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The end of long haul?

Rivers of change have converged to reshape the truckload landscape. A market segment once synonymous with long-haul trucking, truckload carriers are increasingly engaged in moving much shorter, often regionalized hauls and are more active in pursuing freight both on a dedicated-contract and spot-market rate basis. The movement away from truckload carriers hauling freight predominantly with long hauls

Rivers of change have converged to reshape the truckload landscape. A market segment once synonymous with long-haul trucking, truckload carriers are increasingly engaged in moving much shorter, often regionalized hauls and are more active in pursuing freight both on a dedicated-contract and spot-market rate basis.

The movement away from truckload carriers hauling freight predominantly with long hauls did not happen overnight, nor was it unleashed by any single factor. Rather, it's resulted from a confluence of factors — from shippers lengthening supply chains, to private carriers exiting the “last mile,” to for-hire carriers addressing the driver shortage, even to the arrival of more maneuverable tractors — that began picking up steam in the late '90s. And today the trend is being accelerated by the ever-dragging economy.

But regardless of when and by how much the economy eventually bounces back, the overwhelming trend to shorter hauls is not going away and by all indications will remain in place for the foreseeable future.

According to industry analyst Chris Brady, president of Commercial Motor Vehicle Consulting (CMVC), the weak economy is fueling what he views as a long-term trend that started 15 to 20 years ago of for-hire carriers shifting company-owned trucks to dedicated contract carriage as well as regional routes when many private carriers began outsourcing their long hauls.

Now he says the trend is deepening as “for-hire carriers are increasing their penetration into regional freight markets and expanding dedicated contract carriage. This is because businesses are outsourcing regional and, in some instances local, ‘last-mile’ delivery services to for-hire carriers as the recession and sluggish recovery have forced [these] businesses to restructure operations to increase efficiency and productivity. However, Brady hastens to add that the short-haul trend does not mean the end of irregular-route long-haul truckload by any means. “Large for-hire carriers are shifting company-owned trucks to dedicated contract carriage and regional freight routes but have established brokerage businesses to continue to service shippers in long-haul irregular-route freight markets,” he explains.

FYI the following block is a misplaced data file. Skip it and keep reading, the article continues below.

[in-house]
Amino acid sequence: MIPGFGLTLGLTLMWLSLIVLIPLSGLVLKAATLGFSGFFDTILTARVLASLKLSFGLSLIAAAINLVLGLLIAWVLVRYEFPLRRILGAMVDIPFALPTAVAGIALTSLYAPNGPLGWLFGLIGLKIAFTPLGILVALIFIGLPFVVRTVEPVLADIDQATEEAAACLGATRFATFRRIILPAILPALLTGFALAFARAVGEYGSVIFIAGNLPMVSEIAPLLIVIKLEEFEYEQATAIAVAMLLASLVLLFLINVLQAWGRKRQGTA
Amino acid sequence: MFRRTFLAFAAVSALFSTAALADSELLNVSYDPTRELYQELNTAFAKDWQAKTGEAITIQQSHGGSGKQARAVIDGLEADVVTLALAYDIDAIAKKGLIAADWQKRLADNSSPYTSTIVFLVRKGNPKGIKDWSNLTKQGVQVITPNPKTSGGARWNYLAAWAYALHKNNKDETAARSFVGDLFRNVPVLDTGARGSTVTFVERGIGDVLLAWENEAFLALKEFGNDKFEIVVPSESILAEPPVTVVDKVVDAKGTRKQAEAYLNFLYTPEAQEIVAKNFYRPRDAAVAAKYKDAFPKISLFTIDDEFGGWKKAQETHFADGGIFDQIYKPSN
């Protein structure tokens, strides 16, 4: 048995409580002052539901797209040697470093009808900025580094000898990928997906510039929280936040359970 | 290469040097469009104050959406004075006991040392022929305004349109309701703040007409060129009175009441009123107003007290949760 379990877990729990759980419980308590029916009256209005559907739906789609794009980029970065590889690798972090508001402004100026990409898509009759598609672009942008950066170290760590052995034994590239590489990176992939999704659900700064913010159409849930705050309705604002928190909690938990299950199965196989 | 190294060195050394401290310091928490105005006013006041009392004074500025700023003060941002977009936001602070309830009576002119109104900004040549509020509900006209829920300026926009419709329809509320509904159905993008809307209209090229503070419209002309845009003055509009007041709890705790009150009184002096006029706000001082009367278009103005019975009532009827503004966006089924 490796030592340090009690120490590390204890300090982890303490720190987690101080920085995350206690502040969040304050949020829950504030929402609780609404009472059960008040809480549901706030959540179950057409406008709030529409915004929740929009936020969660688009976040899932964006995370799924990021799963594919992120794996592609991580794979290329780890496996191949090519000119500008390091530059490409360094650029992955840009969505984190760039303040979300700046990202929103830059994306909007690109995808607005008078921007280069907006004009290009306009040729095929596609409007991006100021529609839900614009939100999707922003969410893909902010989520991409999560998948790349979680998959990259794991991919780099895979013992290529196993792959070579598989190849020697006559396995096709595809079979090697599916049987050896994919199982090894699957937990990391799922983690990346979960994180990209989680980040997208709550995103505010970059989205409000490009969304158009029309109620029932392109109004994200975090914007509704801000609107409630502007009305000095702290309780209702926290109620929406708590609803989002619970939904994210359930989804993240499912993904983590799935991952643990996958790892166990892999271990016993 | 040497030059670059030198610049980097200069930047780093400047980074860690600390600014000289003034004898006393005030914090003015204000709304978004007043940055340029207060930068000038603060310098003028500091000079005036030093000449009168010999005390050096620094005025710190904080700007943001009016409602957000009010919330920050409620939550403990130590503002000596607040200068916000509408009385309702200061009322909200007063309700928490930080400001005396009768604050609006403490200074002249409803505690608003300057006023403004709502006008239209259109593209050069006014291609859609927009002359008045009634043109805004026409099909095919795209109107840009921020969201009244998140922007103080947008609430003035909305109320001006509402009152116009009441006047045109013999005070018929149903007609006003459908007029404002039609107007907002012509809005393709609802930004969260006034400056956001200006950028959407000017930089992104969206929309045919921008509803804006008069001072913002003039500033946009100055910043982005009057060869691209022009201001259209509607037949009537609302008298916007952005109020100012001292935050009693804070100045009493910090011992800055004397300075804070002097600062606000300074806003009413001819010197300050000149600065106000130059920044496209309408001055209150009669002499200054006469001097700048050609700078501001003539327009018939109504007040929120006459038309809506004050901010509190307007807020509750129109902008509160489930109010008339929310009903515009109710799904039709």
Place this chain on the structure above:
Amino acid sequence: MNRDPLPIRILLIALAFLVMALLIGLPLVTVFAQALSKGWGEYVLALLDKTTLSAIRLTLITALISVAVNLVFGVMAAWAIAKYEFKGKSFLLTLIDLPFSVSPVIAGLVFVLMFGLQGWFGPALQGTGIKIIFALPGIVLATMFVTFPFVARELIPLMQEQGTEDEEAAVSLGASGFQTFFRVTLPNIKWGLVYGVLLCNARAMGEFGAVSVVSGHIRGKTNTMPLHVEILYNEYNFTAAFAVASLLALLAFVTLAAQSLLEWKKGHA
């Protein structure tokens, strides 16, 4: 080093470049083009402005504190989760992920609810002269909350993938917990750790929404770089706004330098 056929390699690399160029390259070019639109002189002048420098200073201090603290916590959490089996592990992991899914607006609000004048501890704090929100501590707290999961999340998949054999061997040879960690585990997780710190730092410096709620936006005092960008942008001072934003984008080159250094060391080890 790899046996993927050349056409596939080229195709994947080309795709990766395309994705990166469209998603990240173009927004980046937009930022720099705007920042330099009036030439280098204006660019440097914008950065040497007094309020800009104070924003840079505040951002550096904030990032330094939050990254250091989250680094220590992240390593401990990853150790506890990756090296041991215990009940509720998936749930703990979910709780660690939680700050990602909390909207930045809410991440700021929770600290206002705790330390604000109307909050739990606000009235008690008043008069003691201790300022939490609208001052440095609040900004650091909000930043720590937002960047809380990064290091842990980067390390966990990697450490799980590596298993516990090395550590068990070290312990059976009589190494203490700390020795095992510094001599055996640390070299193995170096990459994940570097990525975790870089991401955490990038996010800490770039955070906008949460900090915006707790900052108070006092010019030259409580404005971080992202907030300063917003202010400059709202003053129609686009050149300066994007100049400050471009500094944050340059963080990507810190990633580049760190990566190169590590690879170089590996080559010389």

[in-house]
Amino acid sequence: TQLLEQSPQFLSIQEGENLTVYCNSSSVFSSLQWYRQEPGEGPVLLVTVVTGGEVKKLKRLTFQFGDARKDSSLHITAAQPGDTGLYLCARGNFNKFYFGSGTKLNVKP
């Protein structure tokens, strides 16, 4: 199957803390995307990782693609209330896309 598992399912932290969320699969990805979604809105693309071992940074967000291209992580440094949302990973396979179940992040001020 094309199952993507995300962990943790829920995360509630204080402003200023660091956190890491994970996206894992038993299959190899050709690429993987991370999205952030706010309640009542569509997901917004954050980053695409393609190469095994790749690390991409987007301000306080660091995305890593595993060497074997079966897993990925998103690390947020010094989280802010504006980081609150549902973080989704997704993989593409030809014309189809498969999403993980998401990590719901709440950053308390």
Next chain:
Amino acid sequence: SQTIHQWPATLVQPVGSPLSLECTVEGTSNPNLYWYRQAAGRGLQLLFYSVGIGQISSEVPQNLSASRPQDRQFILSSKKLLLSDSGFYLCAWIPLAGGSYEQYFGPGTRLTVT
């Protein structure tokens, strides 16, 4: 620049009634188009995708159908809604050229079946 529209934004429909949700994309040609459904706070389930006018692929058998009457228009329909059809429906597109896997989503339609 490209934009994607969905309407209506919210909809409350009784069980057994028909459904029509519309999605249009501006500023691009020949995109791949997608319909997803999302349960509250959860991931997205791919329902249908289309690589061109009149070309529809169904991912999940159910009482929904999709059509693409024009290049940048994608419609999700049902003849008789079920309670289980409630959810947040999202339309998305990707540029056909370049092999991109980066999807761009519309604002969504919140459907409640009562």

“The long-haul truckload freight market is not going away because as shippers consolidate manufacturing plants and warehouses, they require long-haul truckload services,” Brady continues. “Who hauls the freight, though, is changing as large truckload carriers shift company-owned capacity to dedicated contract services and regional freight markets.”

He points out the shift implies that smaller for-hire carriers and owner-operators are increasing their penetration in the irregular-route long-haul freight market as large truckload carriers broker out more of this freight. And he says technological advances are enabling carriers as well as independent brokerages to communicate more efficiently and cost-effectively with many different owner-operators and small fleets while also maintaining a high level of service to their shippers.


A good example of the trend in action that Brady offers is J.B. Hunt Transport Services Inc. He says Hunt is shifting capacity to its Dedicated Contract Services unit while shrinking capacity at its truck business unit.

When you get right down to it, like politics, all freight is local, says industry analyst Noel Perry, principal of Transportation Fundamentals and managing director of FTR Associates. However, he adds that the truly “big ah-ha!” is not that revelation but that all truck drivers are local, too.

In other words, how truckload carriers have had to deal with the unending driver-shortage and/or driver-churn issues (your pick) have further fueled their advances into dedicated contracts and regional-to-local freight movements.

“What has happened,” Perry explains, “is [large truckload] fleets have changed the way they manage freight. They have figured out it is smarter to run their own equipment regionally. That is to say, all freight operations are local — but the customer still wants solicitation to come from one place.”

Perry sees the trend toward more regionalized operations by truckload carriers as distinct from the one that has them building up their dedicated-carriage business units.

“Some of the growth in dedicated operations is driven by companies deciding to outsource the capital and management of their private fleets in exchange for accepting less control [of shipping product] but gaining fixed-cost savings and not having to hire and manage drivers.”

According to Perry, the shift having the biggest impact on the dedicated freight market involves what he terms “baseload” freight. “This means when a carrier can pick up enough predictable freight from one shipper on a point-to-point or round-trip route to ‘base’ a single dedicated operation on it.

“This kind of freight,” he continues, “is often called good freight. In the past, large shippers would bid out both their good and bad freight together to get homogenized pricing. What happened was savvy carriers — especially new entrants — would offer a discount to handle just the good freight or would offer a discount just to get a lane established. Over time, truckload changed from only moving mixed freight to separating out the good freight and handling it with dedicated carriage.”